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Hospitals prepare for coronavirus
By TVO Current Affairs - Published on Jan 24, 2020
Health Minister Christine Elliott says that the risk of Ontarians contracting coronavirus is low. (Lars Hagberg/CP)

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Governments and hospitals prepare for coronavirus

Health Minister Christine Elliott says that the risk of Ontarians contracting coronavirus is low.  “I think that it’s really important for everyone to know that we have the necessary processes and procedures and safeguards in place to make sure that we protect all of the people of Ontario,” she said, according to the Toronto Sun. Currently, China is quarantining 20 million people in three cities in an attempt to halt the spread of the pneumonia-like virus.

Health-care workers are hoping that the virus, which has killed 17 people and infected thousands of others so far, won’t lead to a SARS-like outbreak. “Those who did go through the SARS crisis back in 2003, there are certainly some that are getting very nervous,” critical-care physician Randy Wax told the Toronto Star.


NDP MPP says Ontarians want end to home-warranty monopoly

The CBC reports that many think the province’s plan to overhaul its Tarion home-warranty provider doesn’t go far enough. NDP MPP Tom Rakocevic, for example, has put forward a private member’s bill that would allow private providers into the market. Consumer Services Minister Lisa Thompson isn’t in favour of the suggestion. “By increasing the accountability of a single provider and making the significant changes to the governance of Tarion, there will be more enforcement mechanisms built into the system,” she wrote in a statement.

Currently, buyers of newly built homes are required to use Tarion’s warranty-protection program, but the system has come in for criticism following an auditor general’s report last fall.


CAMH tells business leaders to focus on mental health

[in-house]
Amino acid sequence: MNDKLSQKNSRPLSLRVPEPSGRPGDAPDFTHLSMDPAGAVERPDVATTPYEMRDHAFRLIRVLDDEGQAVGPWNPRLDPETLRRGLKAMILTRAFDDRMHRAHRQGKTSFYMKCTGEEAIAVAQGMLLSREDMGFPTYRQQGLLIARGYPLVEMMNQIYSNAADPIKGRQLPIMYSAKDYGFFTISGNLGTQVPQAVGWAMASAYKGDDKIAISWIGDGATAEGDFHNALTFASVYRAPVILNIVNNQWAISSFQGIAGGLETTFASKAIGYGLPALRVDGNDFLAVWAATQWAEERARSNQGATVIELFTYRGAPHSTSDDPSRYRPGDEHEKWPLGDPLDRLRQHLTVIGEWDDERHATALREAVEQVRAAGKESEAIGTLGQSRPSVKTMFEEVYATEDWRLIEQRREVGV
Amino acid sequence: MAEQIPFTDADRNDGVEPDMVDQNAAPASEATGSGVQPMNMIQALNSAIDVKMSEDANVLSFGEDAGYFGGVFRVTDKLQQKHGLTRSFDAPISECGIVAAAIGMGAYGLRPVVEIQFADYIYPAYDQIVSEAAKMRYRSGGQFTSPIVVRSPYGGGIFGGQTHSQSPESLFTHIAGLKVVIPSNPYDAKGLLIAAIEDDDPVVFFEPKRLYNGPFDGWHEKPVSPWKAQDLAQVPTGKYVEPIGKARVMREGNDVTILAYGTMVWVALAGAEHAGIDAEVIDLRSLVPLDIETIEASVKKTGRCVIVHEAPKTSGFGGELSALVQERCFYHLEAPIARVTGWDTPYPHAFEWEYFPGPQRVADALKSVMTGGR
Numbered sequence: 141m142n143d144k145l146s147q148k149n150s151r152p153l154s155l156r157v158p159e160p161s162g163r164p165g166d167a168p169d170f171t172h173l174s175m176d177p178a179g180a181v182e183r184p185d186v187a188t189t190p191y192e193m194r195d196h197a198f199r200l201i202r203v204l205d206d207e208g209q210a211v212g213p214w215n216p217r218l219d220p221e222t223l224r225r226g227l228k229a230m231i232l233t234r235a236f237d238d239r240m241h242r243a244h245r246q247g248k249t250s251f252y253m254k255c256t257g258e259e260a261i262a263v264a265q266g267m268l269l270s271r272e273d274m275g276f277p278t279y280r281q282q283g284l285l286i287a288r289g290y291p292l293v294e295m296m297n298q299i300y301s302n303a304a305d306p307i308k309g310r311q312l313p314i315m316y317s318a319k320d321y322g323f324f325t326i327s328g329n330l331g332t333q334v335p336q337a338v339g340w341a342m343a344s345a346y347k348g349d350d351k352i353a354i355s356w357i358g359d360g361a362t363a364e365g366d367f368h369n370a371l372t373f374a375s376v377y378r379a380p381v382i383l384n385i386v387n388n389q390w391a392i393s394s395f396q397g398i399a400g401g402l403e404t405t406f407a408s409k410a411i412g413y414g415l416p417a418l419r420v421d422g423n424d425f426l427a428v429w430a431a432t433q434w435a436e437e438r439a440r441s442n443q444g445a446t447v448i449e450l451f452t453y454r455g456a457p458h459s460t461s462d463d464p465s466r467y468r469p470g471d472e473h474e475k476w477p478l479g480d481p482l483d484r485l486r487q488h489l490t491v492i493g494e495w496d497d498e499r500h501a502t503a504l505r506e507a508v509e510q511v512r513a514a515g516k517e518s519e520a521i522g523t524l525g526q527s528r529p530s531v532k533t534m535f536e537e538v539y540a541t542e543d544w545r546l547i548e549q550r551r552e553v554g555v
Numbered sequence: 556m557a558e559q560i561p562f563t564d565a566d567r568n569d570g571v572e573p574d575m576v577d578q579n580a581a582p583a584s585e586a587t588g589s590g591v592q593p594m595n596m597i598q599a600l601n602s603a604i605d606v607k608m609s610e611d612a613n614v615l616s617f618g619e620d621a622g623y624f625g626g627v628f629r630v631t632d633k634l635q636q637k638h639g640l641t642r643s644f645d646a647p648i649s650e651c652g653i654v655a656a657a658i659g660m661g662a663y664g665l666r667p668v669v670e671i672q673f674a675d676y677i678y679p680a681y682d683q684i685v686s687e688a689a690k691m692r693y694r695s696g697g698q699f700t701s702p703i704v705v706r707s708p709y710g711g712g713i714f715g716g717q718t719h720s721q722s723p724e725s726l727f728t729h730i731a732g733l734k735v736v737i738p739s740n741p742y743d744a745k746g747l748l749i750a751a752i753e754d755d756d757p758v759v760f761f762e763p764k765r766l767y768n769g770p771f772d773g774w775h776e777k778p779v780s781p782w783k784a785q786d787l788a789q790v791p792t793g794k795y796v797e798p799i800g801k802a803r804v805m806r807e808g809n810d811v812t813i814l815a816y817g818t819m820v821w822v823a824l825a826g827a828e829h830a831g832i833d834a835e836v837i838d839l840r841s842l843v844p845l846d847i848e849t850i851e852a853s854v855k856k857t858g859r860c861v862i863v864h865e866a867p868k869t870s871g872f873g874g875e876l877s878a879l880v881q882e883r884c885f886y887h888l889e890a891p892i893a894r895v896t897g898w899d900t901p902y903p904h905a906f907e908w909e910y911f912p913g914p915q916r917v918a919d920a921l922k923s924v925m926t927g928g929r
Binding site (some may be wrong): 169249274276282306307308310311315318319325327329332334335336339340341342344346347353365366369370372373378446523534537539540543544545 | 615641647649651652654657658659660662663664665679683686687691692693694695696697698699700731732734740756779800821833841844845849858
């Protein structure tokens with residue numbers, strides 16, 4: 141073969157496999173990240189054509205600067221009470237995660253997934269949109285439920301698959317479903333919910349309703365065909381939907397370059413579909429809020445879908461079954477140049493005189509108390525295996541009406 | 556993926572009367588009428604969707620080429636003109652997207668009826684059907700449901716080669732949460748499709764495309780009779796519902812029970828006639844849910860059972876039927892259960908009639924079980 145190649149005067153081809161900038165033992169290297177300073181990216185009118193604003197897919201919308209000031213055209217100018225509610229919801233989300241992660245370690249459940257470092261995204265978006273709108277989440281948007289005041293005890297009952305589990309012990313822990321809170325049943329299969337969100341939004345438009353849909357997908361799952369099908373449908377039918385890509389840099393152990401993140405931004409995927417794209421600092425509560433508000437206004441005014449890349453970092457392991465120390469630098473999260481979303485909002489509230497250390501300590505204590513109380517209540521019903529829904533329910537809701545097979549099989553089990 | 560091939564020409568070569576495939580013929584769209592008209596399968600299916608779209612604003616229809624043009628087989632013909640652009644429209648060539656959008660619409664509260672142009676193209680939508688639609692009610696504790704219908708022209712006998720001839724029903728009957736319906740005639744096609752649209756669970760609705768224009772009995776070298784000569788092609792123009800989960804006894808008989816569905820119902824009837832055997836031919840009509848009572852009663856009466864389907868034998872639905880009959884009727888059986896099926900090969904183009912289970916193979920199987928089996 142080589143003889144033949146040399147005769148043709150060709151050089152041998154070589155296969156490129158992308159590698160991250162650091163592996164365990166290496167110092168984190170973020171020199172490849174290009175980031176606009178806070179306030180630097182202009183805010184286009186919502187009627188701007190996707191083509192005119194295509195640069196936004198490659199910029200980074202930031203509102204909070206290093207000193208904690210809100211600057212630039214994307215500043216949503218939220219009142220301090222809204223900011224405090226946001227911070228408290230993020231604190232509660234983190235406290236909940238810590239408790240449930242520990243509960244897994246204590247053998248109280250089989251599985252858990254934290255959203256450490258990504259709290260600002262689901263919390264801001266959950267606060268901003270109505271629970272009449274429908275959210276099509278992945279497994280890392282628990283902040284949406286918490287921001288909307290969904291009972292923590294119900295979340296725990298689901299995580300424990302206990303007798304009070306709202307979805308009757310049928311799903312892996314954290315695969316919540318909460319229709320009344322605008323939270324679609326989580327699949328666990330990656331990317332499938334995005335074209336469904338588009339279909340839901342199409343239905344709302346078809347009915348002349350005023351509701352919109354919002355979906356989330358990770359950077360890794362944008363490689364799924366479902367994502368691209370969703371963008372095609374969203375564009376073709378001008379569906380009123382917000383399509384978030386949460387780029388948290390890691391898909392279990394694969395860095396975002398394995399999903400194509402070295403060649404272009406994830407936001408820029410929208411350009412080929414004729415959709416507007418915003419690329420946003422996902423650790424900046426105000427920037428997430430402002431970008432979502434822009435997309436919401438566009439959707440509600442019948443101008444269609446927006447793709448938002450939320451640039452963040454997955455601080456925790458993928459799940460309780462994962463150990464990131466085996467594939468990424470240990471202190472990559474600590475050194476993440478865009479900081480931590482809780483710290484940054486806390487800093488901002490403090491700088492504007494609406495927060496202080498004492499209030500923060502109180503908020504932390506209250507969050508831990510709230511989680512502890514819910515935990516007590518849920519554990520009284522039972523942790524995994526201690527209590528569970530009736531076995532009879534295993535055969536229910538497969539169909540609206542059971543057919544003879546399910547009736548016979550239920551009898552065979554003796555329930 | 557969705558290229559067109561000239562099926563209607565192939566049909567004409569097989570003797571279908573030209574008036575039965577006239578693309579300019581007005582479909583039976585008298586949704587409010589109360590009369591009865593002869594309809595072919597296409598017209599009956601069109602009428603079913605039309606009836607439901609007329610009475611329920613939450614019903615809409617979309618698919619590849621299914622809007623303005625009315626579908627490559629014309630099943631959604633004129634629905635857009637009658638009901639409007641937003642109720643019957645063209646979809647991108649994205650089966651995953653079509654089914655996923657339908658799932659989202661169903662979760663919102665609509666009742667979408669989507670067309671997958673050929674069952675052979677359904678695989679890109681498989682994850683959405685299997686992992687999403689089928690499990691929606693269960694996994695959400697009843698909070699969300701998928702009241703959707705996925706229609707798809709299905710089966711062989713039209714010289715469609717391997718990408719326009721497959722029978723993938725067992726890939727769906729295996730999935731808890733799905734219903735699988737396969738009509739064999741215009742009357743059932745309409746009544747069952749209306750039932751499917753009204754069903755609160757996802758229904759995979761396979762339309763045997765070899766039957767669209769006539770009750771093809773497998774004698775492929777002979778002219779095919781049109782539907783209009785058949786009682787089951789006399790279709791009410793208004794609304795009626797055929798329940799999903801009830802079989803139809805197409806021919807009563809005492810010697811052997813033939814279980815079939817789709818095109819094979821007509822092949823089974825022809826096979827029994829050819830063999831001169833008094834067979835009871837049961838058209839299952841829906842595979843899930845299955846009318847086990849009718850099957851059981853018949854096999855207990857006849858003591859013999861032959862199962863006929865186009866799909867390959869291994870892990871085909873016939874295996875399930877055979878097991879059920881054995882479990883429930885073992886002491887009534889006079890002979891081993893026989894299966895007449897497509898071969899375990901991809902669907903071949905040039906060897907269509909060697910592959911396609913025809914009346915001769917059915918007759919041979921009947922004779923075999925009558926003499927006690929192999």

Toronto’s Centre for Addiction and Mental Health has launched an awareness campaign aimed at business executives, the Globe and Mail reports. According to CAMH, mental illness costs the Canadian economy $51 billion a year. Much of that is paid by companies through sick leave, disability benefits, and lower productivity from workers struggling with mental illness. “Mental health in the workplace continues to be deeply stigmatized,” says Deborah Gillis, chief executive of the CAMH Foundation.



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The Agenda: Hurdles for Ontario horse-racing

In the last five years, the horse-racing industry has received $500 million from the province just to stay afloat. What are the challenges facing the world’s oldest spectator sport? The Agenda examines what the future holds for the industry’s thousands of Ontarian employees — and why its relationship with Queen’s Park is so fraught.


How to Prepare for Prison


This intimate documentary follows three people facing a prison sentence for the first time. Filmed over the course of three years, it provides a glimpse into the offices of lawyers and judges, as well as the anxious minds of those awaiting judgment.



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How these female politicians dealt with the ‘unspeakable loneliness’ of Ottawa



politicians
Photo by Steve Paikin

How does a former MP reintegrate into her regular life after an election defeat? Steve Paikin reports from a symposium where Jane Philpott, Lisa Raitt, and Megan Leslie discussed the road back from government service. The three women, each from a different political party, also touched on the support they’d received from other female politicians in the hyper-partisan atmosphere of Ottawa.



Tonight on TVO


7 p.m. — Animal Super Senses: Scent

Visit some of the wildest habitats on Earth and get up close and personal with a host of intriguing creatures — and their keen sense of smell. Physicist Helen Czerski dives into shark-infested waters with only a small pouch of liquid for self-defence, while biologist Patrick Aryee controls the behaviour of a swarm of bees using tiny traces of scent.


8 p.m. — The Agenda: Conservative leadership choices

The federal Conservative leadership race is on. Who are the candidates? What do they bring to the table? A panel of politicos discusses the lead-up to the convention in March.



From the archive


Fourth Reading: SARS fallout — April 27, 2003

In this 2003 episode of Fourth Reading, political experts discussed whether Canadian governments were doing enough to combat the SARS epidemic — and what role politics should play in health policy.

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